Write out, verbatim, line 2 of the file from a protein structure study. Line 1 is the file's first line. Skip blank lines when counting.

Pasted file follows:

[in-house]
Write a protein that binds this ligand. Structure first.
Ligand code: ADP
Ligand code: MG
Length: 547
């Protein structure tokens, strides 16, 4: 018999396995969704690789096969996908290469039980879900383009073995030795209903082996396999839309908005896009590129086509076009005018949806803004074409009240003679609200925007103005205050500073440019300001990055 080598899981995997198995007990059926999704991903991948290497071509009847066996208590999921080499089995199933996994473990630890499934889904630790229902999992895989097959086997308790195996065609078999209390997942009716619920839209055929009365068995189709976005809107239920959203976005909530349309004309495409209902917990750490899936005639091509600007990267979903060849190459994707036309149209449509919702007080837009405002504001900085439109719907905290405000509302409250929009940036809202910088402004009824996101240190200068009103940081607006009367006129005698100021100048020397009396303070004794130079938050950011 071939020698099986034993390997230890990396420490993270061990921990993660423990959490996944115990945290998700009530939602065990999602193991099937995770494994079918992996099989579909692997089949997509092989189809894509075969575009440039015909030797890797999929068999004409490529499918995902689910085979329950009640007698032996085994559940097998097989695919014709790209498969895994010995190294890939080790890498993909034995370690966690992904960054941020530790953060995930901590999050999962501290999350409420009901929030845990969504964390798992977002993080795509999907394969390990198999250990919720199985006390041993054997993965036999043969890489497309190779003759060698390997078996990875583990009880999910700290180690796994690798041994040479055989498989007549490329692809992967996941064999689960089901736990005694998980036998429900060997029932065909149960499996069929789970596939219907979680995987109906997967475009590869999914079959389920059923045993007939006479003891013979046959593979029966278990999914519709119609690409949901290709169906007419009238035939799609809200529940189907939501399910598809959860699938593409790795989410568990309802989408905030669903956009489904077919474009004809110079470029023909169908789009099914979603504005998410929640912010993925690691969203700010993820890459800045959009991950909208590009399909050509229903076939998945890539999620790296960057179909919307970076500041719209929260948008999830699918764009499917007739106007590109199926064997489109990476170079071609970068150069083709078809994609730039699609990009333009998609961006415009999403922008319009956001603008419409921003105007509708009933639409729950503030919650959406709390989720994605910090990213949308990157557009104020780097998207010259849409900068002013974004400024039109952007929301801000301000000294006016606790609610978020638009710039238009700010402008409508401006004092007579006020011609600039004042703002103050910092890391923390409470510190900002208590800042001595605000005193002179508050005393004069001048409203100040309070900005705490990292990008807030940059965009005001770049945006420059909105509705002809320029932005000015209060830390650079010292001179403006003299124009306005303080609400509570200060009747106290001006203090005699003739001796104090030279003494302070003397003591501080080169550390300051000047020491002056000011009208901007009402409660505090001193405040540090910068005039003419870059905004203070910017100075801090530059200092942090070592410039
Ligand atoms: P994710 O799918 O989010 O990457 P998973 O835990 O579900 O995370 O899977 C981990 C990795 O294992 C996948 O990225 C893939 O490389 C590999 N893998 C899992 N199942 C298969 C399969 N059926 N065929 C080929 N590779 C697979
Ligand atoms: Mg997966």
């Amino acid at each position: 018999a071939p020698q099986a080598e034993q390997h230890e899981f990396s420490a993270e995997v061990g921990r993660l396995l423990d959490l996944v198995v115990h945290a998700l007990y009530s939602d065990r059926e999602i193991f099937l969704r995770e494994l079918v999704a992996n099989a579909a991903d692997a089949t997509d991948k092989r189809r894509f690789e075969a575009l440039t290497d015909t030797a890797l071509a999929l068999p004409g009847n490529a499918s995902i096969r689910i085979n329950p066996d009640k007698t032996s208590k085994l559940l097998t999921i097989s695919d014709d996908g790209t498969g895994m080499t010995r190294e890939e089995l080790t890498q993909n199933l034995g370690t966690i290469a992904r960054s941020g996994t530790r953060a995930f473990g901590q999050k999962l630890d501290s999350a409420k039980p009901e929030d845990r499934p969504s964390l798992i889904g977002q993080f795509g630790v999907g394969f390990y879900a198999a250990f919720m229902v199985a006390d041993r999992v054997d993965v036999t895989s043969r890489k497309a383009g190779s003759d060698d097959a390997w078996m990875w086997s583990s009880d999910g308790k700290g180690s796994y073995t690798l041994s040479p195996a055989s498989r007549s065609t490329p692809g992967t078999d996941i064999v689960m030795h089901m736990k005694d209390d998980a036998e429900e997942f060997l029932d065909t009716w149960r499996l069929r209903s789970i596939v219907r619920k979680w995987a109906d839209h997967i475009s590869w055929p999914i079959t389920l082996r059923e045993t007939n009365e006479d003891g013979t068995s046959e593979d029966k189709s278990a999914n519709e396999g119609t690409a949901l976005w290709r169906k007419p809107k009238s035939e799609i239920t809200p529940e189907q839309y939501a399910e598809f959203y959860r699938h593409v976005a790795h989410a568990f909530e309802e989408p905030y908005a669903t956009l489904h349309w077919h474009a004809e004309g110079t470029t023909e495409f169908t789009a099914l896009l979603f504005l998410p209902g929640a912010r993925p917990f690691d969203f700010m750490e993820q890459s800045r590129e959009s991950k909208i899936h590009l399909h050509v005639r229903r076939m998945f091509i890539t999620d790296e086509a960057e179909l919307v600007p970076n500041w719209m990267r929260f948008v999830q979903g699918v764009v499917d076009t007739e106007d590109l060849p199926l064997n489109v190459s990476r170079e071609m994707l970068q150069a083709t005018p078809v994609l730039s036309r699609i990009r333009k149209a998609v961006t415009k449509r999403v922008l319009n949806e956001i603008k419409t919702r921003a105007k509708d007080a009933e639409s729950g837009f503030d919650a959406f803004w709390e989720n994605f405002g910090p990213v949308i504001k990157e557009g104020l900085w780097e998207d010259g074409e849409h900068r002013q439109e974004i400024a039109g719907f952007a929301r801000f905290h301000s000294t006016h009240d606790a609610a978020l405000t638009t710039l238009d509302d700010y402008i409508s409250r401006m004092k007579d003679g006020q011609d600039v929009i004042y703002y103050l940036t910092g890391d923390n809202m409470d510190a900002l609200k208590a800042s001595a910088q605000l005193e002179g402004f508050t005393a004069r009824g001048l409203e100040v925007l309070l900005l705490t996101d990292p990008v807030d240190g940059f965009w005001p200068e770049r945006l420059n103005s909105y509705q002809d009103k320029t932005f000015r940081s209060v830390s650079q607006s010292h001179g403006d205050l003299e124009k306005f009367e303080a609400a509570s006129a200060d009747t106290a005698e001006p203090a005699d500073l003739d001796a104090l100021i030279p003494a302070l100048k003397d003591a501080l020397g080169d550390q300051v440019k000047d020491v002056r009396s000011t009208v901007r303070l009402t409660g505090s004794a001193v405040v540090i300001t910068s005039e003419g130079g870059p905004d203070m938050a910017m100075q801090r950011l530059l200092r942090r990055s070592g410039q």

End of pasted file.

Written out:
Write a protein that binds this ligand. Structure first.